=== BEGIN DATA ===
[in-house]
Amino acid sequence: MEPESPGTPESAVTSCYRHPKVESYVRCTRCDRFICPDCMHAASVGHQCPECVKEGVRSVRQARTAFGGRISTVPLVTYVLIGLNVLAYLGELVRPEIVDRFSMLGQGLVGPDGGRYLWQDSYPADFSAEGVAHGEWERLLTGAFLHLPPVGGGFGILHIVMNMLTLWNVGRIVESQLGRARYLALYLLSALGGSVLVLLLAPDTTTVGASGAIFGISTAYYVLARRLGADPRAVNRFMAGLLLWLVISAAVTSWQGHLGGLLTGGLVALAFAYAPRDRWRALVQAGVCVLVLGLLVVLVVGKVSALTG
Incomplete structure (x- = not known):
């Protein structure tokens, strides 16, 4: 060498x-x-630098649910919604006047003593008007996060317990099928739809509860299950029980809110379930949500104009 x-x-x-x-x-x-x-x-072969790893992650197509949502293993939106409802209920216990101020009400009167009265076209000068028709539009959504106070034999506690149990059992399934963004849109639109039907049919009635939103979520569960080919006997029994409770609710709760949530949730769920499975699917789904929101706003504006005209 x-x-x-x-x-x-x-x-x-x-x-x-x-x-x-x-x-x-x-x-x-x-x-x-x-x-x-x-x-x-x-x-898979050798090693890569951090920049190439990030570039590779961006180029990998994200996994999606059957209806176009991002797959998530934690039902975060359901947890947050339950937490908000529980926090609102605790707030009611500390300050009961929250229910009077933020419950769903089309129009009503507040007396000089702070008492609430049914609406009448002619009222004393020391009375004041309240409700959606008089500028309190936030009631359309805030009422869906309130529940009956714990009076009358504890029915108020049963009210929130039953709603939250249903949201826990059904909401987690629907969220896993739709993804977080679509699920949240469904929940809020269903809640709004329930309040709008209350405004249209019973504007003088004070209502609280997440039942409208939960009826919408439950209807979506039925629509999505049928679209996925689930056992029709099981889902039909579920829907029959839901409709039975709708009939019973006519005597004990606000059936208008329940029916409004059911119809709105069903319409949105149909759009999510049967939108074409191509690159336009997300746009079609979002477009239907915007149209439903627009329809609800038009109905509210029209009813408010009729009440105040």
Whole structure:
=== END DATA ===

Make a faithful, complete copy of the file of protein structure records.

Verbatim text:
[in-house]
Amino acid sequence: MEPESPGTPESAVTSCYRHPKVESYVRCTRCDRFICPDCMHAASVGHQCPECVKEGVRSVRQARTAFGGRISTVPLVTYVLIGLNVLAYLGELVRPEIVDRFSMLGQGLVGPDGGRYLWQDSYPADFSAEGVAHGEWERLLTGAFLHLPPVGGGFGILHIVMNMLTLWNVGRIVESQLGRARYLALYLLSALGGSVLVLLLAPDTTTVGASGAIFGISTAYYVLARRLGADPRAVNRFMAGLLLWLVISAAVTSWQGHLGGLLTGGLVALAFAYAPRDRWRALVQAGVCVLVLGLLVVLVVGKVSALTG
Incomplete structure (x- = not known):
């Protein structure tokens, strides 16, 4: 060498x-x-630098649910919604006047003593008007996060317990099928739809509860299950029980809110379930949500104009 x-x-x-x-x-x-x-x-072969790893992650197509949502293993939106409802209920216990101020009400009167009265076209000068028709539009959504106070034999506690149990059992399934963004849109639109039907049919009635939103979520569960080919006997029994409770609710709760949530949730769920499975699917789904929101706003504006005209 x-x-x-x-x-x-x-x-x-x-x-x-x-x-x-x-x-x-x-x-x-x-x-x-x-x-x-x-x-x-x-x-898979050798090693890569951090920049190439990030570039590779961006180029990998994200996994999606059957209806176009991002797959998530934690039902975060359901947890947050339950937490908000529980926090609102605790707030009611500390300050009961929250229910009077933020419950769903089309129009009503507040007396000089702070008492609430049914609406009448002619009222004393020391009375004041309240409700959606008089500028309190936030009631359309805030009422869906309130529940009956714990009076009358504890029915108020049963009210929130039953709603939250249903949201826990059904909401987690629907969220896993739709993804977080679509699920949240469904929940809020269903809640709004329930309040709008209350405004249209019973504007003088004070209502609280997440039942409208939960009826919408439950209807979506039925629509999505049928679209996925689930056992029709099981889902039909579920829907029959839901409709039975709708009939019973006519005597004990606000059936208008329940029916409004059911119809709105069903319409949105149909759009999510049967939108074409191509690159336009997300746009079609979002477009239907915007149209439903627009329809609800038009109905509210029209009813408010009729009440105040």
Whole structure: